Area of ice on the eastern end of Lake Erie on April 16, 2019.
Lake Erie Ice Cover April 16, 2019 (Canadian Ice Service)

Ice Boom to Remain in Place April 1, 2019

(posted April 1, 2019)

Representatives for the International Niagara Board of Control examined the latest Lake Erie MODIS imagery and determined that ice cover remains well above the 650 km2 (250 mi2) limit at which the ice boom is removed.  Ice conditions on Lake Erie will continue to be monitored.

Lake Erie MODIS image taken April 1, 2019 (NOAA CoastWatch) showing ice in the eastern basin of Lake Erie.

Lake Erie Ice Cover April 1, 2019 (NOAA CoastWatch MODIS Imagery)
Lake Erie Ice Cover April 1, 2019 (NOAA CoastWatch MODIS Imagery)

 


Ice Boom to be Opened After April 1, 2019

(posted March 28, 2019)

Based on the present heavy ice cover remaining on eastern Lake Erie, removal of the Lake Erie-Niagara River ice boom has not started. The International Joint Commission’s International Niagara Board of Control has determined that the Lake Erie-Niagara River ice boom will not likely be open beforeEdit April 1.  Representatives for the International Niagara Board of Control will continue to monitor the ice cover closely over the coming days.

More information can be found in the March 28, 2019 Lake Erie - Niagara River Ice Boom media advisory.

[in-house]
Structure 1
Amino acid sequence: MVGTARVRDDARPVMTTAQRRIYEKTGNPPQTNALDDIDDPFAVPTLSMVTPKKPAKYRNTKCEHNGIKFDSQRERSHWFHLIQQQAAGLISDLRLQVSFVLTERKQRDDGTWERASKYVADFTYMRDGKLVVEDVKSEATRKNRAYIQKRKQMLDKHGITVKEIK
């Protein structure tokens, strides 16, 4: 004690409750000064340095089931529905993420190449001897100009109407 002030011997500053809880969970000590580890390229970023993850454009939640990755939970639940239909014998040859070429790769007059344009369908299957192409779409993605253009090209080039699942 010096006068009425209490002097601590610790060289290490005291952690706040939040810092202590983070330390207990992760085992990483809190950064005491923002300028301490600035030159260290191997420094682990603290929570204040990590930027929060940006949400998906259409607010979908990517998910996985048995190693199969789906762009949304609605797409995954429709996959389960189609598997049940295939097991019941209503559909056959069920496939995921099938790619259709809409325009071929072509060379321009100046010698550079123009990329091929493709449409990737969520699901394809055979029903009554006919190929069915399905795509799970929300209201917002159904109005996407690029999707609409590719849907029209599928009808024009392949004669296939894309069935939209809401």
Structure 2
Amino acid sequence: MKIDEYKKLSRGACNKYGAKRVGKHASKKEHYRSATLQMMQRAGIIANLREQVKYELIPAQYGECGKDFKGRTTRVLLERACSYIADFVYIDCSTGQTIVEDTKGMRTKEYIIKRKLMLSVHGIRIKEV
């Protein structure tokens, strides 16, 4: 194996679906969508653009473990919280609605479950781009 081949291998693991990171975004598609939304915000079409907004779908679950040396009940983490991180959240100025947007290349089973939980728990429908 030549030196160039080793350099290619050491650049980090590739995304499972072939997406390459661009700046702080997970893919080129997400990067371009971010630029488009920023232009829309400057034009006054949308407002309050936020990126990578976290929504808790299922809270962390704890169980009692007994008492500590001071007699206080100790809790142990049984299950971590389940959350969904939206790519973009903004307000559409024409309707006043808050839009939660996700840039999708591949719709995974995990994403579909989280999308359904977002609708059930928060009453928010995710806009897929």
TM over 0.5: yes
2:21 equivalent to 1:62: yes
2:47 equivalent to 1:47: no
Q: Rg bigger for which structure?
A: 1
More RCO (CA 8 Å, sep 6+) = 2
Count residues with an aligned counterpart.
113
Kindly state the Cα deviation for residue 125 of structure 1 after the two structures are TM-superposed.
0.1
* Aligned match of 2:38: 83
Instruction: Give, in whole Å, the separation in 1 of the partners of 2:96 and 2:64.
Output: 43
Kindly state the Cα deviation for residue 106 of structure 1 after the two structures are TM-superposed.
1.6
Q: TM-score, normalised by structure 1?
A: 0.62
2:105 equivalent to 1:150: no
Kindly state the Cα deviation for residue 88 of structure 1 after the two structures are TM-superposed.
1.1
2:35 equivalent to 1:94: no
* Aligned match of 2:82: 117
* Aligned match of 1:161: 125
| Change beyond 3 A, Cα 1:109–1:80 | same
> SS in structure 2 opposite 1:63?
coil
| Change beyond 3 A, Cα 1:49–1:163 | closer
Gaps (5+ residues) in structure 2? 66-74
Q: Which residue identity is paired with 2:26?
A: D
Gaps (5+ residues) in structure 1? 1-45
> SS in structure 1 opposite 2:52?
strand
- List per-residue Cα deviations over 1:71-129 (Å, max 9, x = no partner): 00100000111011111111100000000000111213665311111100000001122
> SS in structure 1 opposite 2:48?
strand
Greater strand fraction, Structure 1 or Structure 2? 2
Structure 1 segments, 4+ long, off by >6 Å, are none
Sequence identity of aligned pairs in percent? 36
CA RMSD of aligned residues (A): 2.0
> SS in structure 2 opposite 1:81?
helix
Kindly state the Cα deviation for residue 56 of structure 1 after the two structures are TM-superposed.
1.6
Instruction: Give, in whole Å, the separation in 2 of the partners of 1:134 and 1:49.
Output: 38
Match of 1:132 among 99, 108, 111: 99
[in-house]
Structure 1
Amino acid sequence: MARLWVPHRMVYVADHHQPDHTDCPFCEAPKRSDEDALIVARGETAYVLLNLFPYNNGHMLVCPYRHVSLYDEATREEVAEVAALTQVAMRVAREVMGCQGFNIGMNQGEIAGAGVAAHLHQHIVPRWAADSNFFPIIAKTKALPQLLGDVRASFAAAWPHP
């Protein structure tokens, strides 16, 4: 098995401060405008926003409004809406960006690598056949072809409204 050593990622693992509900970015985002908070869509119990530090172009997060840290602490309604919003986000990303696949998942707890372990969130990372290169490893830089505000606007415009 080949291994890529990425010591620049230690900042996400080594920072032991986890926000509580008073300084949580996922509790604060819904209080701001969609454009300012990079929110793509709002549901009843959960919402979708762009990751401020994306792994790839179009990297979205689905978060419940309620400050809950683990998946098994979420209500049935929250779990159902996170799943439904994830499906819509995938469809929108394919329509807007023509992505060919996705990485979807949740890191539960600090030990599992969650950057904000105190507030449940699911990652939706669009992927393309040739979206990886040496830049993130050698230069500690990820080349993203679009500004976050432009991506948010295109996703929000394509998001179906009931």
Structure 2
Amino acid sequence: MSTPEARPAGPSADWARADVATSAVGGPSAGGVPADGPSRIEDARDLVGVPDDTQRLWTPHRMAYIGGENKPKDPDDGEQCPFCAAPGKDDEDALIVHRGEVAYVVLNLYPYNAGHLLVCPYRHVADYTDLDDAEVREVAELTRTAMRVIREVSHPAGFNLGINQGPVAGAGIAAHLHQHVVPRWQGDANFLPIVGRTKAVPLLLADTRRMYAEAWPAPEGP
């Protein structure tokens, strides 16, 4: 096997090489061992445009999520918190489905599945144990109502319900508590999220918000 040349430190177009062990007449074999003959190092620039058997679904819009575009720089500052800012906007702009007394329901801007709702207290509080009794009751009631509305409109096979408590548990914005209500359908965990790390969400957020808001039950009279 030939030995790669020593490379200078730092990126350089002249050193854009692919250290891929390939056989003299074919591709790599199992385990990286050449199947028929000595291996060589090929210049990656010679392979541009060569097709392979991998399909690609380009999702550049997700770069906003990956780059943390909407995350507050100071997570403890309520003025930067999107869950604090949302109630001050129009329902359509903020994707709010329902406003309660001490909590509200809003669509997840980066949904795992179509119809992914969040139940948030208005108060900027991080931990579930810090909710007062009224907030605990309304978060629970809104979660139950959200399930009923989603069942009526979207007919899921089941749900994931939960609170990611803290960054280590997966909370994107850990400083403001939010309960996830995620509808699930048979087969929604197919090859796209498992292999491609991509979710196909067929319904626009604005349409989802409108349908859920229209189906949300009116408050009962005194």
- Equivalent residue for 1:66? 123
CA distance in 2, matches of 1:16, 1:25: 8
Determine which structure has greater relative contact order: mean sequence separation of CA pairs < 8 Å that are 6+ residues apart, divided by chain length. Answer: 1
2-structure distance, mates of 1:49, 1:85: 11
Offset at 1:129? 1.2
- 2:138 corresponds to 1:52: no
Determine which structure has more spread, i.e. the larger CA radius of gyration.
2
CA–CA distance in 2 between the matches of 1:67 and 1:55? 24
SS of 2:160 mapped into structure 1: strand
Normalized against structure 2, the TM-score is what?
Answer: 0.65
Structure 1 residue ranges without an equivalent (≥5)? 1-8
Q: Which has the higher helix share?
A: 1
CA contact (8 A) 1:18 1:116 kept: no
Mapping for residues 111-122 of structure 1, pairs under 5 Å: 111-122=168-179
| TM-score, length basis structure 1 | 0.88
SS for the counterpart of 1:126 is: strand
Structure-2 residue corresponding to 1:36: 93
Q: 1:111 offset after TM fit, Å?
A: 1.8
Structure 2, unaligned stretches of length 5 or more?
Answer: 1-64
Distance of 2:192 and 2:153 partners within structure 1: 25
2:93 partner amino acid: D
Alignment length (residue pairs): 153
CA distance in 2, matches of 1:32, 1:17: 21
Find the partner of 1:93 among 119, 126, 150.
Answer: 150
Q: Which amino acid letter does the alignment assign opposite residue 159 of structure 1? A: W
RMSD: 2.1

Lake Erie Ice Cover March 27, 2019

Ice Pushes Past Ice Boom - Update February, 2019

Strong westerly winds across Lake Erie on February 24 and 25 pushed large quantities of ice over the Lake Erie – Niagara River Ice Boom. The boom is designed to reduce the amount of ice entering the Niagara River by aiding in the formation of a naturally occurring ice arch.  However, the boom is not able to hold back the large quantities of ice seen pushed into the Niagara River by the high westerly winds.  Ideally under these conditions, the boom, which is made up of a series of floating pontoons, is pushed under water and the ice passes over it, without harming it.  The New York Power Authority has identified some damage to the boom due to the strong winds and the large forces of the ice pushing up against it.  The full extent of the damage has not been determined due to the strong winds and heavy ice conditions limiting the ability to observe the boom. As of February 27, the New York Power Authority reports that, despite damage to the ice boom, the natural ice arch shows signs of reforming.  New York Power Authority’s assessment is ongoing as conditions allow.